Characters in command getting removed


I am running the following code on windows. It is passing a command that requires quotes around one of the parameters: "00100010=lastname^(first name)^" when I run the command directly on the command line it works fine, when running it by rust it fails saying

storescu: 00100010 lastname(first name)

It appears to be removing the = and ^ I can't seem to get it working no matter what I try.
I can replicate the error on the command line by removing the = sign but it still shows the ^ eg:

storescu: 00100010 lastname^(first name)^

let mut test_output = Command::new("storescu.bat")
                    .args( &["-s", "\"00100010=lastname^(first name)^\""])
                    .expect("storescu command failed to start");

The Windows command-line has a bunch of legacy "quirks", like how wildcards (e.g. dir *.txt) don't actually get expanded and it's left up to every command to implement their own glob expansion.

In your case, it looks like cmd.exe does something funky when interpreting the arguments passed to a batch script.

The ^ character is used for escaping in cmd.exe. I'm guessing when you run the command from the command-line (cmd.exe) it'll silently double the ^ symbols when formulating the command to be given to CreateProcess(). On the other side, when the batch script is executed I'm guessing cmd.exe will interpret escapes to resolve the ^^ from the command-line into a single ^.

Rust and Powershell don't play these shenanigans so the arguments you write are the arguments sent to the new process. So when the arguments came from Rust (i.e. without the doubled ^) it'll see you've tried to "escape" an open paren (e.g. "^(") and will silently remove the ^.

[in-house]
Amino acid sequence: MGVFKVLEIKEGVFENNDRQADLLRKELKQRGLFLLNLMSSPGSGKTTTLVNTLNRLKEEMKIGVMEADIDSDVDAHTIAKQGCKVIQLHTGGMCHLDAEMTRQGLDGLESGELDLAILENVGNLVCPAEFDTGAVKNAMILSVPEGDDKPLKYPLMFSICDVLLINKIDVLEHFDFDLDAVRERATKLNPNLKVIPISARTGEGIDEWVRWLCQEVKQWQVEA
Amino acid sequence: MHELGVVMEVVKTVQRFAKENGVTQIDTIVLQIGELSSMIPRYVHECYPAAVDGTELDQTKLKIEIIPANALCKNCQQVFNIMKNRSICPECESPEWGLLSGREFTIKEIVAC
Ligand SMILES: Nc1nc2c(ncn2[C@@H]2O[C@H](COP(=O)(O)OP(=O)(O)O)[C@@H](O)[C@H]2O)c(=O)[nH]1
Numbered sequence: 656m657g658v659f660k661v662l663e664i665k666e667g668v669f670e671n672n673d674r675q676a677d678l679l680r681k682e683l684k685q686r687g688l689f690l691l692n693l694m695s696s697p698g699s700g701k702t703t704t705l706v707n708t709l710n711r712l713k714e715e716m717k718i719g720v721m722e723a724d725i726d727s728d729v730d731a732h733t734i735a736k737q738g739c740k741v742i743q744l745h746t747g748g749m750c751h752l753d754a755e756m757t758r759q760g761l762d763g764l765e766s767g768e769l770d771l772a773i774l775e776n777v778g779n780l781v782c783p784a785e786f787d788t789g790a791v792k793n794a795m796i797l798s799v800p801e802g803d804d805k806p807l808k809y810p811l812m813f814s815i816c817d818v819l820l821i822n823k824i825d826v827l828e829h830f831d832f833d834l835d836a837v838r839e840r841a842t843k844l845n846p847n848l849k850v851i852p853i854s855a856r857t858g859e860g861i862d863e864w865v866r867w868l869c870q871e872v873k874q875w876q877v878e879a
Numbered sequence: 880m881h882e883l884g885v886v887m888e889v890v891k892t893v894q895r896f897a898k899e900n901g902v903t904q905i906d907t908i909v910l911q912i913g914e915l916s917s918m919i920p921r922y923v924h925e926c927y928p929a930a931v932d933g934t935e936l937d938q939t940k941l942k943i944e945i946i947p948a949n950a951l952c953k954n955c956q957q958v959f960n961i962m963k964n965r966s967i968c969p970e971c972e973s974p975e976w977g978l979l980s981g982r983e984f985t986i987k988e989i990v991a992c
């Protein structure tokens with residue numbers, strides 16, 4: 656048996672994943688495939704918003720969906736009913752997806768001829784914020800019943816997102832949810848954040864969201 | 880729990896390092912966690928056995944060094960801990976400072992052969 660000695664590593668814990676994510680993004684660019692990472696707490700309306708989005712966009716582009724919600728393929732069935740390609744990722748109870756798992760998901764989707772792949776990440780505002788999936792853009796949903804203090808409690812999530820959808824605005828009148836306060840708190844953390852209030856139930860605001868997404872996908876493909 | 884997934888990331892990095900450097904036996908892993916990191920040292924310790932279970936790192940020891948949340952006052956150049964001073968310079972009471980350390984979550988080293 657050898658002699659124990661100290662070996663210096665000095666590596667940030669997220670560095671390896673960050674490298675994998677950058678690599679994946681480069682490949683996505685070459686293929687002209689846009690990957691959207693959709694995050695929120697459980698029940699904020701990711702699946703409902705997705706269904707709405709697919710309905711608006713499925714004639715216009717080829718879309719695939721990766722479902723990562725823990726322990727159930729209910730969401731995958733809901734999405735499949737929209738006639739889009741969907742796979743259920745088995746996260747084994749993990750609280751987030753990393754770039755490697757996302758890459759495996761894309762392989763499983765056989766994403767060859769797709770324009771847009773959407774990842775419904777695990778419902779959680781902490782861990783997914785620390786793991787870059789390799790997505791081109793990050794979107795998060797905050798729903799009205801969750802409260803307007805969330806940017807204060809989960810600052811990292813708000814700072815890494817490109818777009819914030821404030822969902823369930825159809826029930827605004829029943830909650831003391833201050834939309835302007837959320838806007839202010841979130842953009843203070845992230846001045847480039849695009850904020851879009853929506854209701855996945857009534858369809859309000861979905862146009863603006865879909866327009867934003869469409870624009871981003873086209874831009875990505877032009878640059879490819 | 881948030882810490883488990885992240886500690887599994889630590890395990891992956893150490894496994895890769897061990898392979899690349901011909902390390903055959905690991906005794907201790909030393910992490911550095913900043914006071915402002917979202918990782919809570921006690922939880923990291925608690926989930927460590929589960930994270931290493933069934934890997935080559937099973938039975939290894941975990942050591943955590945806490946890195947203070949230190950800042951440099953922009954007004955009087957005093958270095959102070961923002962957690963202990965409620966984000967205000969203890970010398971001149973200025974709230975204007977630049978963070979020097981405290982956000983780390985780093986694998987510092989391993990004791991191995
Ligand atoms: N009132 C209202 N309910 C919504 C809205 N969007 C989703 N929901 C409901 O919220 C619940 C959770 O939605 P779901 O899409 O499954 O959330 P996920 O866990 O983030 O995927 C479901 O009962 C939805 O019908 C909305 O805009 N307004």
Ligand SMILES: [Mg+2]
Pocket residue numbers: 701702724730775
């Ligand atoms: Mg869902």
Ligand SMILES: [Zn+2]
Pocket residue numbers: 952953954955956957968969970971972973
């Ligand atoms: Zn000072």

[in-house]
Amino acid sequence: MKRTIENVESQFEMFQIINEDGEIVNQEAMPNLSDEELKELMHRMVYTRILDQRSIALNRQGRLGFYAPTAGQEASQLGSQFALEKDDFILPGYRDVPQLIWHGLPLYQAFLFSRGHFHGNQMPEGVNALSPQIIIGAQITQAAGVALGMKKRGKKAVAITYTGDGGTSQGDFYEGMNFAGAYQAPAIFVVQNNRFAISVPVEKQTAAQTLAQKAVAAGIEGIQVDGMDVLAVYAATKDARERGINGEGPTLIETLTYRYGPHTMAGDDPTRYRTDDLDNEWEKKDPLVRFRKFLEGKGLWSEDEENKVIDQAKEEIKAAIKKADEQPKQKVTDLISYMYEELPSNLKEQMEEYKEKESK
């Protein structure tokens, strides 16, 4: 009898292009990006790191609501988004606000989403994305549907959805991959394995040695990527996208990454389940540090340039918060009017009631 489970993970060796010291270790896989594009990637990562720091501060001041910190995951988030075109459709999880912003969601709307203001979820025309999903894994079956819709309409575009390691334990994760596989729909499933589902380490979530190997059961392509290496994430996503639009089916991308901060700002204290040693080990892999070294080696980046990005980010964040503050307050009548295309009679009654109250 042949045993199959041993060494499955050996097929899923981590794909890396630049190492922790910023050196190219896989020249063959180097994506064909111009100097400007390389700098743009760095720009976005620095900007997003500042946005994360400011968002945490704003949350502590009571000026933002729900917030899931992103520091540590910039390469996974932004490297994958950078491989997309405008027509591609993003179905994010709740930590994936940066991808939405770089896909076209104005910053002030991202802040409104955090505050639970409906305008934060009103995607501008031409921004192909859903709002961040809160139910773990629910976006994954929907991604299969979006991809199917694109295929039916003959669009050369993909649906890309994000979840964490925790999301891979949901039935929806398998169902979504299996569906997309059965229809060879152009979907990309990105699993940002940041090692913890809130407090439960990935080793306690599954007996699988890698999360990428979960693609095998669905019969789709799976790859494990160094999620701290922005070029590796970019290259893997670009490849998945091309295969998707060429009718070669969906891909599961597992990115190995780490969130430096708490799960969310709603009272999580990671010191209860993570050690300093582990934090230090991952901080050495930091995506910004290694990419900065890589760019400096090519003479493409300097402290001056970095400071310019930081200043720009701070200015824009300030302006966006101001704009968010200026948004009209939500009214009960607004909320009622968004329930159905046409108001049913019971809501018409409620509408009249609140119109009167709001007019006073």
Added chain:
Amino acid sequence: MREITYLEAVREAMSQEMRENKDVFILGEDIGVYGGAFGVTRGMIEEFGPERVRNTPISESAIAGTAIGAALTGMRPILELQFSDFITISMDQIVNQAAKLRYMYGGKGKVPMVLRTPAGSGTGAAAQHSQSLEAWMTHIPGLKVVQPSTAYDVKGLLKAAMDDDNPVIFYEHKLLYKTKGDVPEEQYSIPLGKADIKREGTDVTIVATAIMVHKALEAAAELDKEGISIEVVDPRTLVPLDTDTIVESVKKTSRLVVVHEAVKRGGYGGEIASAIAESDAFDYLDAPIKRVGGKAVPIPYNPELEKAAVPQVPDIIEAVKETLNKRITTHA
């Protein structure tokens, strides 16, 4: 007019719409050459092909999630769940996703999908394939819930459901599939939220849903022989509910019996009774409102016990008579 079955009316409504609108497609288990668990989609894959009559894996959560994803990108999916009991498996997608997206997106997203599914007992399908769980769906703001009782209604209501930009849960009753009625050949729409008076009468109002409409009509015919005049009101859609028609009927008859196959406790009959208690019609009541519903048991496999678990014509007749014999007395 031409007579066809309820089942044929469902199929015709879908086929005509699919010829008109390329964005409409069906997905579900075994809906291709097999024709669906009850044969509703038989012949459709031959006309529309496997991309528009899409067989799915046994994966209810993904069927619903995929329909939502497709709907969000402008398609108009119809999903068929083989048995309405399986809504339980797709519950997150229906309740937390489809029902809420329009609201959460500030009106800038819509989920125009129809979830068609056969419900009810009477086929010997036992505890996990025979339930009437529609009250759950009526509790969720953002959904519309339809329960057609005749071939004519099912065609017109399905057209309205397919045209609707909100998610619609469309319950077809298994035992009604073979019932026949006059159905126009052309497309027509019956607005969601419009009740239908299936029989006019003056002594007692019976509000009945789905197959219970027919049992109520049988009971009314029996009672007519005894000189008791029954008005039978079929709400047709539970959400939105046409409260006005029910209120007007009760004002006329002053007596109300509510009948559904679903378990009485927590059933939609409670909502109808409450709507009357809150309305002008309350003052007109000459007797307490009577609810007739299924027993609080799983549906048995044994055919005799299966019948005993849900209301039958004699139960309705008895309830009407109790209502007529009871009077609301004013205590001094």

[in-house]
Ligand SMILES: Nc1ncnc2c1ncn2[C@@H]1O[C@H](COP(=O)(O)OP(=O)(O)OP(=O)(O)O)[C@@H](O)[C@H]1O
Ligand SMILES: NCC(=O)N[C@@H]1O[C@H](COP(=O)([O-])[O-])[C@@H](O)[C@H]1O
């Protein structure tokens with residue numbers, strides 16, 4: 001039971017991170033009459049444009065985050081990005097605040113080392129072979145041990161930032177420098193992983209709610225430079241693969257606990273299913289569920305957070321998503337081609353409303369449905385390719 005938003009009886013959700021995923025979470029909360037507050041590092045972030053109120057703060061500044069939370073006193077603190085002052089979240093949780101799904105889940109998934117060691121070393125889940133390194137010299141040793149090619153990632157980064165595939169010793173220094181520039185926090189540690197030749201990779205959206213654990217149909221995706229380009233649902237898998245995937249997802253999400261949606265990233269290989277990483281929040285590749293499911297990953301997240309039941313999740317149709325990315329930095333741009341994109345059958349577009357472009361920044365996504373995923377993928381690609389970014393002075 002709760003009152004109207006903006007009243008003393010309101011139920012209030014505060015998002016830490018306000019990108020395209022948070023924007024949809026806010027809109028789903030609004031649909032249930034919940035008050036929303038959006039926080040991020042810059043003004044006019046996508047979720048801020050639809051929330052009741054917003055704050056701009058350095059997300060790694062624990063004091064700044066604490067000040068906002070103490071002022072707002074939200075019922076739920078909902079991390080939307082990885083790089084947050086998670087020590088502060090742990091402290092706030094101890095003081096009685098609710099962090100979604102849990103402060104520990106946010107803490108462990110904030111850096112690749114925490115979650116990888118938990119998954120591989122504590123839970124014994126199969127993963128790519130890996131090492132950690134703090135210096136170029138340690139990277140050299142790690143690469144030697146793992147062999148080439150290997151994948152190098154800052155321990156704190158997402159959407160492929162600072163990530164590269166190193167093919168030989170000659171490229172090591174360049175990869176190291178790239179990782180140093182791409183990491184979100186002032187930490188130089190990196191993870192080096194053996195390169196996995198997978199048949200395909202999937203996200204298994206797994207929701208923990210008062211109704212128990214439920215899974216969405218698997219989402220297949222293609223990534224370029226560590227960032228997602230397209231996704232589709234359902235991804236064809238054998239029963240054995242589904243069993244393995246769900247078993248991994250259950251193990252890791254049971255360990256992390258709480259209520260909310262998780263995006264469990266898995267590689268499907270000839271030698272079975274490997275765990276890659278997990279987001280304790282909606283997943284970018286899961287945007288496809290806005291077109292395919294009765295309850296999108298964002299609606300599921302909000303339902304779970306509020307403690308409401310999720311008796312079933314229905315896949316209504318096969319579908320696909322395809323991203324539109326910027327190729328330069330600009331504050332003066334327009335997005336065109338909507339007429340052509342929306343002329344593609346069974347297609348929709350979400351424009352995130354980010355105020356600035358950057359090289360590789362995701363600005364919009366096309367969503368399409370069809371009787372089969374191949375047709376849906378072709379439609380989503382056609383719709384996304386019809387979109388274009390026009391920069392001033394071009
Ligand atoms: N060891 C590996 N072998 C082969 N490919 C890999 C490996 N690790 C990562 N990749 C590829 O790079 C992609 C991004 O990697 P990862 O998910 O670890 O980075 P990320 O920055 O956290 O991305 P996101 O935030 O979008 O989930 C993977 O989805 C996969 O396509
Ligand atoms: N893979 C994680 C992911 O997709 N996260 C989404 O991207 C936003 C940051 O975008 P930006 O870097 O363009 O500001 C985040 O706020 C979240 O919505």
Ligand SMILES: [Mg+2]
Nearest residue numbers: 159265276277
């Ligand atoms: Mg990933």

If it helps, here is link to how Command formats command-line arguments so they can be passed to CreateProcess().


I tried to use double ^^ but it still removes them and the = sign is getting removed. Why is the = sign getting removed?

"00100010=lastname^^(first name)^^"
storescu: 00100010 lastname(first name)

I dunno.

The PowerShell issue I linked to mentioned several possible workarounds and reasons for what you were seeing. Did any of those work for you?

Parsing of ^ in DOS command-line args is magical. The command line is parsed twice, and the first pass removes most of the ^ characters by design. It's not a Rust thing, it's legacy Windows/MS-DOS thing:

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I tried a few more things - it appears the combination of the \ escape and the ^( is causing this to behave abnormally.

For just this part of the command I removed the \" and it is working normally and passing the ^. It is really odd.

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